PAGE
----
It would appear that the use of Web 2.0 technologies in teaching is still limited to a relatively small number of applications. By experimenting with Web 2.0 technologies, in a library context, then library staff are ideally suited to raise awareness of those technologies (and their potential use for collaborative creation and obtaining user feedback) amongst teaching staff.

Staff training

A number of respondents specifically asked whether the college would be providing staff training on the use of these technologies. In response, the library staff have run staff development sessions on Web 2.0 technologies raising awareness of the technologies and promoting the library’s own Web 2.0 developments. Consequently, for September, we are already being asked to provide similar training to students.

Posted in Inspiring Learning, Library 2.0, Using Web 2.0 in teaching | Tagged: , , , , , , , , , | Leave a Comment »

How to make the transition to Library 2.0

Posted by andrewey on July 14, 2008

Of course this presuposes that the service and staff adopt the Library 2.0 ‘state of mind’ described in Academic Library 2.0.

Michael Stephens has identified 5 initial steps to becoming library 2.0:

Start a library blog
Create an Emerging Technology Committee
Train staff to use an RSS aggregator
Experiment and use 2.0 Tools
Implement IM reference

These are certainly very achievable aims even for a modest sized FE college – we will have achieved all of the above well inside 12 months.

Our library blog LibeRaCe has been running for almost 12 months and has generated far more interest and usage than hoped for – we are currently at over 12,000 visits in approximately 10 months of operation. Blogs can be set up quickly – the real work involved is maintaining it by adding a regular stream of posts (we aim to add a post every working day).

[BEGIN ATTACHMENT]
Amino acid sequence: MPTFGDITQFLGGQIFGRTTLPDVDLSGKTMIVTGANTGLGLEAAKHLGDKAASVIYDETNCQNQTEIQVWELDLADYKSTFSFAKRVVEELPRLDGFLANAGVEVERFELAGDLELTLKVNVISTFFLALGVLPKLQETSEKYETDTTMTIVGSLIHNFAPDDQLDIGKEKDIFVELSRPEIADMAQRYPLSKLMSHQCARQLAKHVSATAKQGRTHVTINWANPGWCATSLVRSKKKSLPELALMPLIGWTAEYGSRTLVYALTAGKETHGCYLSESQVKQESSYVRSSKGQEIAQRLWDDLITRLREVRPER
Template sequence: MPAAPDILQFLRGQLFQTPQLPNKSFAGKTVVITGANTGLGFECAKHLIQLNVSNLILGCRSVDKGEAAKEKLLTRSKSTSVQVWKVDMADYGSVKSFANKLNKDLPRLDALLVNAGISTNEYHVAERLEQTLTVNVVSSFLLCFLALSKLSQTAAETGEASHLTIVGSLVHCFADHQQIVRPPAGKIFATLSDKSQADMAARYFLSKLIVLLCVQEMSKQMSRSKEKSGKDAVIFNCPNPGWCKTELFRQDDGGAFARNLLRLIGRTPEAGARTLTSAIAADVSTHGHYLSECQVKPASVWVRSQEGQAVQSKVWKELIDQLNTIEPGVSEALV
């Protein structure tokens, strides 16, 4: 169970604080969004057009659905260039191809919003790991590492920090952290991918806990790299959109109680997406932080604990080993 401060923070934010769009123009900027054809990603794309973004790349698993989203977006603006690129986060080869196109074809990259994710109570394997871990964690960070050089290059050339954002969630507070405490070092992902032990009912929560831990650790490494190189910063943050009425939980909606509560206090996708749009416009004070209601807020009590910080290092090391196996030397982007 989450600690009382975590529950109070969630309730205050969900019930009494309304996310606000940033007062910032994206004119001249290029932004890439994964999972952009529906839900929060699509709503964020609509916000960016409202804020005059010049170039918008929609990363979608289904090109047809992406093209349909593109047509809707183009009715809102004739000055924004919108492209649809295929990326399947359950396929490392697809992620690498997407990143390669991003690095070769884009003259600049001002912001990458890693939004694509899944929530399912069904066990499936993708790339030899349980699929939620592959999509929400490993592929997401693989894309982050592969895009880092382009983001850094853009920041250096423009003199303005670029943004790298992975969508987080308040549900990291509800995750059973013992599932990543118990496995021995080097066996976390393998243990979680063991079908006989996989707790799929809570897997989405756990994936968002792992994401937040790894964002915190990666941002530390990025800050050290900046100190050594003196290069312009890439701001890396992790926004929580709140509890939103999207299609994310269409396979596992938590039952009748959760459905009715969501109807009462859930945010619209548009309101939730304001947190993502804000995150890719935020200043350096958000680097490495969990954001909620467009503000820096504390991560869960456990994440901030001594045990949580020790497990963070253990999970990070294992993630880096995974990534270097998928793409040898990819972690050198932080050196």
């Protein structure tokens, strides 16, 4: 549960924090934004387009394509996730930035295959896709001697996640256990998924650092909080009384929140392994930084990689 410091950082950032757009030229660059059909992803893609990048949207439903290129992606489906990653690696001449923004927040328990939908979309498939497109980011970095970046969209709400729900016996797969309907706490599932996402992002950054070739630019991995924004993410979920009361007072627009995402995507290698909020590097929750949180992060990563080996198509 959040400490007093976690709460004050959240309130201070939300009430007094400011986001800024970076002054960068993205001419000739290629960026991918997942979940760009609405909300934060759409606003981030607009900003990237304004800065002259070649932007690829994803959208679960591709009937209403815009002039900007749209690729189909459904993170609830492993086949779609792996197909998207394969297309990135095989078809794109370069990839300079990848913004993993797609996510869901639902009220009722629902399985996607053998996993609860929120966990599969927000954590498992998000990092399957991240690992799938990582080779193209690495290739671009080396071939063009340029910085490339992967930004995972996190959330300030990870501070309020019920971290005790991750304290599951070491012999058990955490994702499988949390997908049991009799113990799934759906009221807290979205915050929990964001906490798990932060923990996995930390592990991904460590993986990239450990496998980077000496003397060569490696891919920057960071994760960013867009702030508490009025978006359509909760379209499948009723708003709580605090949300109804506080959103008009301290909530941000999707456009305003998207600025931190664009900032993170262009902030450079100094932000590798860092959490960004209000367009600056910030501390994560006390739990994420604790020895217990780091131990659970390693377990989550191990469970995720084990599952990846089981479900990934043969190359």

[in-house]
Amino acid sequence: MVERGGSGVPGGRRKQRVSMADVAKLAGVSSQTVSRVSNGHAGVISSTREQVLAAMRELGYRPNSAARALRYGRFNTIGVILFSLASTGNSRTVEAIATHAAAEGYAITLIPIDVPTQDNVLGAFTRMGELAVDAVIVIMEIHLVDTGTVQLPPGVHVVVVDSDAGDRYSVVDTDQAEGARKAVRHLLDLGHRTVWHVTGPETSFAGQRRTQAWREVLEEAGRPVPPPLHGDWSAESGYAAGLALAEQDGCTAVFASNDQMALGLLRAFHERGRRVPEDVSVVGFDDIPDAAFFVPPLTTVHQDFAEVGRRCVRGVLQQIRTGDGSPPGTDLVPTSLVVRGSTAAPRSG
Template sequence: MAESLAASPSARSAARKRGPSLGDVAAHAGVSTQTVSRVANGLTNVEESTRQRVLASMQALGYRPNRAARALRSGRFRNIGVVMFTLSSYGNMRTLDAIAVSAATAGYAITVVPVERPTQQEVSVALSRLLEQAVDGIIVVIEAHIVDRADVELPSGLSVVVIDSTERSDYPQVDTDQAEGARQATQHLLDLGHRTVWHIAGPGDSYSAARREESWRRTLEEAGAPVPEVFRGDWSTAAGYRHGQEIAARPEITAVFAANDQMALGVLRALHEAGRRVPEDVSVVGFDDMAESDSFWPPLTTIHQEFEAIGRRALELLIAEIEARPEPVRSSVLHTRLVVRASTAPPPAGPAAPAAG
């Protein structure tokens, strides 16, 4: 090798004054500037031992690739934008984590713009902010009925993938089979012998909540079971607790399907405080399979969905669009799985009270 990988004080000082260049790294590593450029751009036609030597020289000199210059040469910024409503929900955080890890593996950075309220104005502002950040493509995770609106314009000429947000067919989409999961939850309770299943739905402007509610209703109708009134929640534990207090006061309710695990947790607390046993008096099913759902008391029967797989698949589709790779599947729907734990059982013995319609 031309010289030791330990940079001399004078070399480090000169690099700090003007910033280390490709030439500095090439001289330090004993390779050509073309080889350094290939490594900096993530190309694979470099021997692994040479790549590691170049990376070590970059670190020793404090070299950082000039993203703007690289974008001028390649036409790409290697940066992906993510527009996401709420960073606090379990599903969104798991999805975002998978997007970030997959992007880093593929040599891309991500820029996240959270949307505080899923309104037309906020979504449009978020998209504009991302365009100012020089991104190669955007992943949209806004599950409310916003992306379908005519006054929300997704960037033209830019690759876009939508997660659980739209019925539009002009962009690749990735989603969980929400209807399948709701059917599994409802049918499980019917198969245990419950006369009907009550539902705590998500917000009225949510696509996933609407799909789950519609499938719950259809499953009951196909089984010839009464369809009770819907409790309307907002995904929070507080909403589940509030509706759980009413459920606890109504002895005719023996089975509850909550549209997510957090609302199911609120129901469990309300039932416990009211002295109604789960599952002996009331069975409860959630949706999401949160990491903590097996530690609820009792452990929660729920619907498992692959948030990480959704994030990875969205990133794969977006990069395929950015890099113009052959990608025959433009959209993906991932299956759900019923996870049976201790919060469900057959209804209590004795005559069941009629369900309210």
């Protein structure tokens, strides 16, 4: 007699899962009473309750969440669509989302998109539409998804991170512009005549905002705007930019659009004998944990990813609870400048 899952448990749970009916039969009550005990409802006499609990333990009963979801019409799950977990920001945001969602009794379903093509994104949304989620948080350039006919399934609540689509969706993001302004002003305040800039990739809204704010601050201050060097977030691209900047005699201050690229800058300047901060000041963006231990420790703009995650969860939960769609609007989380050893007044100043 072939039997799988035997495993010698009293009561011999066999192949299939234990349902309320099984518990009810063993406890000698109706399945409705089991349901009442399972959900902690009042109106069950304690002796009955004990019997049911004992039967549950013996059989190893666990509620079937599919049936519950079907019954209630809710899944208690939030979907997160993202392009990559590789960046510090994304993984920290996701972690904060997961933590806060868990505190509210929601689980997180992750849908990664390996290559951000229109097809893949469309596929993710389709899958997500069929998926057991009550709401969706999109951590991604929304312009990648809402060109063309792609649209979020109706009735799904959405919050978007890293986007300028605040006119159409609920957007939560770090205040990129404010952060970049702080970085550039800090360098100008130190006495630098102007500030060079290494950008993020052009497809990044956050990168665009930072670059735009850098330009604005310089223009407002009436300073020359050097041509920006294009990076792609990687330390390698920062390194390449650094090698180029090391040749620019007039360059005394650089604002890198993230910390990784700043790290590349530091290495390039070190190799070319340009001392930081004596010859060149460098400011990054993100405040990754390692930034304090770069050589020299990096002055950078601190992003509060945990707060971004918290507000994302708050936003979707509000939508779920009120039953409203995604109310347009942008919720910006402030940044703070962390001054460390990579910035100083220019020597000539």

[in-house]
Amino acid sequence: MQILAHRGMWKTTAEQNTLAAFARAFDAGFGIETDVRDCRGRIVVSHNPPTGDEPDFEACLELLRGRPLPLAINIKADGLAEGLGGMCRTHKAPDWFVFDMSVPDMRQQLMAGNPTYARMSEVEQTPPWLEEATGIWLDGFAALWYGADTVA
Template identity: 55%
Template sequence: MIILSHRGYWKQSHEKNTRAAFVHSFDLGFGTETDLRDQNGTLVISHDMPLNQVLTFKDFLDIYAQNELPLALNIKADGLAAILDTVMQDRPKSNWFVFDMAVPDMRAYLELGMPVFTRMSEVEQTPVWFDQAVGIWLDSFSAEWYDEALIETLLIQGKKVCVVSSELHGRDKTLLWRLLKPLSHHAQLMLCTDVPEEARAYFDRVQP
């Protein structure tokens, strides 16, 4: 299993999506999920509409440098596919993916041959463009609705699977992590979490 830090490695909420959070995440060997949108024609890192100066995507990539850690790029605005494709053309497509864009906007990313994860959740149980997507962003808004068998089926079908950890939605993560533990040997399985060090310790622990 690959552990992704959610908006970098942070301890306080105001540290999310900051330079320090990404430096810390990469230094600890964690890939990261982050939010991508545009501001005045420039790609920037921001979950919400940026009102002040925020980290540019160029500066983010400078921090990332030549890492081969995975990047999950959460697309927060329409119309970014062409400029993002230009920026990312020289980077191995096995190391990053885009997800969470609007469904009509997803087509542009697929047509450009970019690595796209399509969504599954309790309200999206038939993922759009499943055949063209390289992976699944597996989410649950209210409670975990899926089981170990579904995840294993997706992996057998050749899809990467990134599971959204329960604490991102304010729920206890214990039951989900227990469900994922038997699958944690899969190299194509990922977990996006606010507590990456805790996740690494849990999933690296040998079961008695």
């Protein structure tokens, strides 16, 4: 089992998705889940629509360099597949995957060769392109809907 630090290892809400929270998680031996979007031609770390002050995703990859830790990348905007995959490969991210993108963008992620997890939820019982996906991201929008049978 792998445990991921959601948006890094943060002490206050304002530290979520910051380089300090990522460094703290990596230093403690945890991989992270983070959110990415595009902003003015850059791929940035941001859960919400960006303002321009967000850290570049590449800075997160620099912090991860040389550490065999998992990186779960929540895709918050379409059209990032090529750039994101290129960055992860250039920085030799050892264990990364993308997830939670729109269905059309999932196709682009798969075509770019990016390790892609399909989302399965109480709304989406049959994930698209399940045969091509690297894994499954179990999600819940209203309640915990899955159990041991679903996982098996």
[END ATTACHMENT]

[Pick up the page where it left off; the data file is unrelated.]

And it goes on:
We have not set up an Emerging Technology Committee – because a formal library committee of this nature is unnecessary, and probably impractical, in FE. However, we do have informal meetings of the library staff interested in Web 2.0 – often with our ILT Champion. We also have a Library Committee where Web 2.0 developments can be discussed with teaching staff. Web 2.0 will be a standing item at library team meetings from September.

Setting up RSS agregators is part of our current Web Quest programme so that by September all library staff will be trained to do this – some are already using them (we have one using Pageflakes for all the library staff blogs so that staff can see at a glance if there are any new posts).

We are experimenting with a number of Web 2.0 tools – the most successful so far has been del.icio.us which we are using to create virtual reading lists for individual subject areas. Currently we have a general one for all subject areas and my library specific one. Other tools we are experimenting with include Flickr, Facebook, blogs, wikis and Youtube.

Finally, with regard to Instant Messaging, we will be using the Pronto tool which will be available within our Moodle VLE. We aim to use this as a general helpdesk facility – mainly for IT support rather than for reference enquiries (although that will be included too). The plan is to have this service in place for September.